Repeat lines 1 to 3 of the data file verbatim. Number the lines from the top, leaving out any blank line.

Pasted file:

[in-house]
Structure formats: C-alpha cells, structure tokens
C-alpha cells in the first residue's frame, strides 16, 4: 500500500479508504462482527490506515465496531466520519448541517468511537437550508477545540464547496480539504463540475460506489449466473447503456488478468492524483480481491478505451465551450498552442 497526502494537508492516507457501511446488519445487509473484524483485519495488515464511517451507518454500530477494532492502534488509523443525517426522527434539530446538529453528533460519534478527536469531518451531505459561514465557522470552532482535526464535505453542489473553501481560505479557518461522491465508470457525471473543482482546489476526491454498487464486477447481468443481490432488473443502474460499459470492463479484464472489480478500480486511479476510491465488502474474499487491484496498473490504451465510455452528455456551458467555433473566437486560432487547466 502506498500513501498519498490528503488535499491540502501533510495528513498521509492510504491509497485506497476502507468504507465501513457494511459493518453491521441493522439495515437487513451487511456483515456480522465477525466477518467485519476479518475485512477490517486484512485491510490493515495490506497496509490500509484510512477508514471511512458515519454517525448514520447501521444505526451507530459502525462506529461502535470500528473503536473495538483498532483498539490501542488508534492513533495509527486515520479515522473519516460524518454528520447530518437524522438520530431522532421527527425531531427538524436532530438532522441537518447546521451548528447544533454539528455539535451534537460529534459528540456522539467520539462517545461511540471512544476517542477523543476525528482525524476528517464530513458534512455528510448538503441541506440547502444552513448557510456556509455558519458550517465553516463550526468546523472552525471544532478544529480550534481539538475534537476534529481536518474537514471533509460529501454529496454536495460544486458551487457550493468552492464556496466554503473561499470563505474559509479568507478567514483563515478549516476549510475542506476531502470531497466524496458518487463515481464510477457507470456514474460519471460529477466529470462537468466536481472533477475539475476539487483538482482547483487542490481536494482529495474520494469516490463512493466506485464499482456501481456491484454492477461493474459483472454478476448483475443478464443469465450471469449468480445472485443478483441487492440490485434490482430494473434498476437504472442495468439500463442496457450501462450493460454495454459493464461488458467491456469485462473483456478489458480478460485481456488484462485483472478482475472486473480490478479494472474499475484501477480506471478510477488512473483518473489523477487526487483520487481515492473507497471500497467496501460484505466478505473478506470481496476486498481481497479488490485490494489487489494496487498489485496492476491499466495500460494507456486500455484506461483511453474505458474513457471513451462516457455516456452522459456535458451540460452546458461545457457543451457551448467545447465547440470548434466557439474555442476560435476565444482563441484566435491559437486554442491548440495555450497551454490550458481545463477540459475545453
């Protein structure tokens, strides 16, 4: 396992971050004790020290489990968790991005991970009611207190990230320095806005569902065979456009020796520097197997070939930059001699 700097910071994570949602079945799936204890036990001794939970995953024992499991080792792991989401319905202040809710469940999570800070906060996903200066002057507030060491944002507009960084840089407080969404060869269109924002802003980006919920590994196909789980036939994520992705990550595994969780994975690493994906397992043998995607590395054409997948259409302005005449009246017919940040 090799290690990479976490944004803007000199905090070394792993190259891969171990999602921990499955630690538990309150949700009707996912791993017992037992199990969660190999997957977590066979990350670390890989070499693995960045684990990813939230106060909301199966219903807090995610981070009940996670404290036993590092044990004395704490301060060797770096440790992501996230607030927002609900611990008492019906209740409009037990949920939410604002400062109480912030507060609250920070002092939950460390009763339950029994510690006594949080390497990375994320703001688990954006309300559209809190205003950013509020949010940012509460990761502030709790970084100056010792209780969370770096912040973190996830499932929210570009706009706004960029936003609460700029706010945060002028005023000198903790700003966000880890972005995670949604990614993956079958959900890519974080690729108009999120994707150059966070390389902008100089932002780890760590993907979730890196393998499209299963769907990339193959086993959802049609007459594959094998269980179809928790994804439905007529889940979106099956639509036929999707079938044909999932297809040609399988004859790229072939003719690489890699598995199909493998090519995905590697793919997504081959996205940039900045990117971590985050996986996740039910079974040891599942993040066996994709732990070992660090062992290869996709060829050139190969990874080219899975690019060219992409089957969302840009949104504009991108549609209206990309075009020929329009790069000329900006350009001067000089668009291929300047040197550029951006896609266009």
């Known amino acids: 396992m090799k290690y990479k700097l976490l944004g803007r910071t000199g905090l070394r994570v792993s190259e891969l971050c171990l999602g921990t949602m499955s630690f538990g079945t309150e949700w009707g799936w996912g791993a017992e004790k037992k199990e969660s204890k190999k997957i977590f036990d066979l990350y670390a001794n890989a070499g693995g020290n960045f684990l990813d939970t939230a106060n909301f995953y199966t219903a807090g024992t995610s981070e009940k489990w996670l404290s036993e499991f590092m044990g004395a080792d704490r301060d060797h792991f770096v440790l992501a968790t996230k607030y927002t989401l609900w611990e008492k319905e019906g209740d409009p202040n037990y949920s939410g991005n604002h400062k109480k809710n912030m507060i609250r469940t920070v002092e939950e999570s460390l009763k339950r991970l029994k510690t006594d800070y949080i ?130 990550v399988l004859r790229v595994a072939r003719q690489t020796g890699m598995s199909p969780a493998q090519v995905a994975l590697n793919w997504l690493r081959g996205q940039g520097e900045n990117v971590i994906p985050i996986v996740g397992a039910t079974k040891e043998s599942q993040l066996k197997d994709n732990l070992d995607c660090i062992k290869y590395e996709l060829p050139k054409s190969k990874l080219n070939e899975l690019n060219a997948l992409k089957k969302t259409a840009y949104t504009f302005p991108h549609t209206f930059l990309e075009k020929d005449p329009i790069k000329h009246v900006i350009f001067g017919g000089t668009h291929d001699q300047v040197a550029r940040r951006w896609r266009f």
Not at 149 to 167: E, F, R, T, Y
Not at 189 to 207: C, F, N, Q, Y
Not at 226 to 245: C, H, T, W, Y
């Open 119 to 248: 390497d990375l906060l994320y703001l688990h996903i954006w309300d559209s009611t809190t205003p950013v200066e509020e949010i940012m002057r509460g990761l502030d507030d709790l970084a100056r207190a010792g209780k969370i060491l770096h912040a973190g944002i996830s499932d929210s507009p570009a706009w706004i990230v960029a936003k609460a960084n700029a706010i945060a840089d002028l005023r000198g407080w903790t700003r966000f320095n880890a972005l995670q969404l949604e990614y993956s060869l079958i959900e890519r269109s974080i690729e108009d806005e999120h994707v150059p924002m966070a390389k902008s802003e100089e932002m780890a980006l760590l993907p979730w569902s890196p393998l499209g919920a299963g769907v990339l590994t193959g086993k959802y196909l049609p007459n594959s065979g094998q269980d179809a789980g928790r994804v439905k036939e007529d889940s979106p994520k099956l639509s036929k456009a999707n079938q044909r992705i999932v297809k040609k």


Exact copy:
[in-house]
Structure formats: C-alpha cells, structure tokens
C-alpha cells in the first residue's frame, strides 16, 4: 500500500479508504462482527490506515465496531466520519448541517468511537437550508477545540464547496480539504463540475460506489449466473447503456488478468492524483480481491478505451465551450498552442 497526502494537508492516507457501511446488519445487509473484524483485519495488515464511517451507518454500530477494532492502534488509523443525517426522527434539530446538529453528533460519534478527536469531518451531505459561514465557522470552532482535526464535505453542489473553501481560505479557518461522491465508470457525471473543482482546489476526491454498487464486477447481468443481490432488473443502474460499459470492463479484464472489480478500480486511479476510491465488502474474499487491484496498473490504451465510455452528455456551458467555433473566437486560432487547466 502506498500513501498519498490528503488535499491540502501533510495528513498521509492510504491509497485506497476502507468504507465501513457494511459493518453491521441493522439495515437487513451487511456483515456480522465477525466477518467485519476479518475485512477490517486484512485491510490493515495490506497496509490500509484510512477508514471511512458515519454517525448514520447501521444505526451507530459502525462506529461502535470500528473503536473495538483498532483498539490501542488508534492513533495509527486515520479515522473519516460524518454528520447530518437524522438520530431522532421527527425531531427538524436532530438532522441537518447546521451548528447544533454539528455539535451534537460529534459528540456522539467520539462517545461511540471512544476517542477523543476525528482525524476528517464530513458534512455528510448538503441541506440547502444552513448557510456556509455558519458550517465553516463550526468546523472552525471544532478544529480550534481539538475534537476534529481536518474537514471533509460529501454529496454536495460544486458551487457550493468552492464556496466554503473561499470563505474559509479568507478567514483563515478549516476549510475542506476531502470531497466524496458518487463515481464510477457507470456514474460519471460529477466529470462537468466536481472533477475539475476539487483538482482547483487542490481536494482529495474520494469516490463512493466506485464499482456501481456491484454492477461493474459483472454478476448483475443478464443469465450471469449468480445472485443478483441487492440490485434490482430494473434498476437504472442495468439500463442496457450501462450493460454495454459493464461488458467491456469485462473483456478489458480478460485481456488484462485483472478482475472486473480490478479494472474499475484501477480506471478510477488512473483518473489523477487526487483520487481515492473507497471500497467496501460484505466478505473478506470481496476486498481481497479488490485490494489487489494496487498489485496492476491499466495500460494507456486500455484506461483511453474505458474513457471513451462516457455516456452522459456535458451540460452546458461545457457543451457551448467545447465547440470548434466557439474555442476560435476565444482563441484566435491559437486554442491548440495555450497551454490550458481545463477540459475545453